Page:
Valuing Higher Education
An Appreciation of the Work of Gareth Williams

Paper: 978 1 78277 174 6 / $44.95
 
Published: October 2016  

Publisher: UCL IOE Press
254 pp., 6 1/8" x 9 1/5"
In Valuing Higher Education, leading international analysts examine Gareth Williams’s contribution to shaping our thinking about the economics of higher education in essays that are a testimony to Williams’s conception that the field cannot be properly understood unless viewed alongside social policy, changes in knowledge production, the life chances of students, and their actual learning experience.

Questions identified and discussed include the rise and limitations of markets, the balance between higher education as a public and a private good, the financing of higher education, and audit arrangements. Behind all of the analyses stands the larger question: What is the value of higher education?

The distinguished contributors critique contemporary developments in essays that will also inform further research and policymaking, not least in Williams’s own concluding response, which offers glimpses of future possibilities.

Table of Contents:
Foreword, by Tessa Blackstone
Introduction, by Ronald Barnett, Peter Scott, and Paul Temple
Gareth Williams: An appreciation, by Maureen Woodhall
Part 1: The Rise and Rise of Markets in Higher Education
1. An economic view of higher education theory, by Alberto Amaral and Pedro Teixeira
2. The idea of the market in financing English higher education, by Paul Temple
3. Financing British higher education: The triumph of process over policy, by Michael Shattock
4. Performance indicators and rankings in higher education, by Jill Johnes
Part 2: A Changing Academic Life
5. Managerialism, garbage cans, and collegial governance: Reflections on an economic perspective of university behavior, by David Dill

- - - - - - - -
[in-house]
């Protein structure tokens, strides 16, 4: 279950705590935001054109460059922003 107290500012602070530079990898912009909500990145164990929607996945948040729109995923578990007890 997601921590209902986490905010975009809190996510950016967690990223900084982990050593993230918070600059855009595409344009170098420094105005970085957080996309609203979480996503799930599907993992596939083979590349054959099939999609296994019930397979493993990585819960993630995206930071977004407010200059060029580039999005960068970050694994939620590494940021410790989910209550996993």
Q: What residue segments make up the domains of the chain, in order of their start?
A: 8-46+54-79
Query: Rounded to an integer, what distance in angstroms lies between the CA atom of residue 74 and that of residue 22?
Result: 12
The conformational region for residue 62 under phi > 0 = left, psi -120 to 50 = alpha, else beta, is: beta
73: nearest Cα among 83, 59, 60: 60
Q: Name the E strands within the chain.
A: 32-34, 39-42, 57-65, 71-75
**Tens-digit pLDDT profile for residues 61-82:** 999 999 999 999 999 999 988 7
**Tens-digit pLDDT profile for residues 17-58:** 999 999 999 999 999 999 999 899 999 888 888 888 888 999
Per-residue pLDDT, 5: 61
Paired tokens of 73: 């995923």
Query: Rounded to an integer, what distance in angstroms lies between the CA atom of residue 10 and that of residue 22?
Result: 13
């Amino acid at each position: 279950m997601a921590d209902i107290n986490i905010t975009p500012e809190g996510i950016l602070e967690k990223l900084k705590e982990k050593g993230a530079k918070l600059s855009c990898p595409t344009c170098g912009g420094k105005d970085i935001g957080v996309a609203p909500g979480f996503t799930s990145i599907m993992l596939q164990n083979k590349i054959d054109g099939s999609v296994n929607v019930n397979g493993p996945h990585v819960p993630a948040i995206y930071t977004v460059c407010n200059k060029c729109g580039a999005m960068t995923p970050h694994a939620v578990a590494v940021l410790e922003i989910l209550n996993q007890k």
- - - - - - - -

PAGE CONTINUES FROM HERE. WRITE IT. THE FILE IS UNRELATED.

6. Massification, austerity, and the academic profession, by D. Bruce Johnstone
7. Financing creativity in the global research economy: Performance management or knowledge construction?, by Louise Morley
8. Branding and the commodification of academic labor, by James Pringle and Rajani Naidoo
Part 3: The Uses of Higher Education
9. Too many or too few? The perennial debates on higher education and the world of work, by Ulrich Teichler
10. Higher education and the knowledge economy, by Peter Scott
11. Response, by Gareth Williams
The Works of Gareth Williams
Index



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Reviews & Endorsements:
"Gareth Williams, Emeritus Professor at the UCL Institute of Education, has devoted his academic life to studying the economic underpinnings of higher education policy. This Festschrift provides a fitting tribute and well deserved appreciation in honour of his work by a range of distinguished scholars who use the opportunity to comment on the rise of markets, managerialism, and the uses of higher education – all themes that Gareth Williams himself pursued with passion, rigour and acumen."
- Michael A. Peters, Professor of Education, Waikato University, New Zealand
"Gareth Williams helped to create higher education as a distinctive field for study. He never staked out disciplinary or sectoral boundaries; although his starting point was an economic view he was never constrained by it. Perfectly titled, Valuing Higher Education is a fitting tribute to his work, organized by contemporary themes – marketing, the academic life, and the uses of higher education – which reflect Williams’ constant concern to make research and teaching influential and relevant for policy. The contributions from many leading academics recapitulate theory and policy development in ways that provide a valuable overview for students, policymakers and researchers alike, and remind us how Gareth Williams has played his part in shaping the whole field of research into HE."
- Rob Cuthbert, Emeritus Professor of Higher Education Management, University of the West of England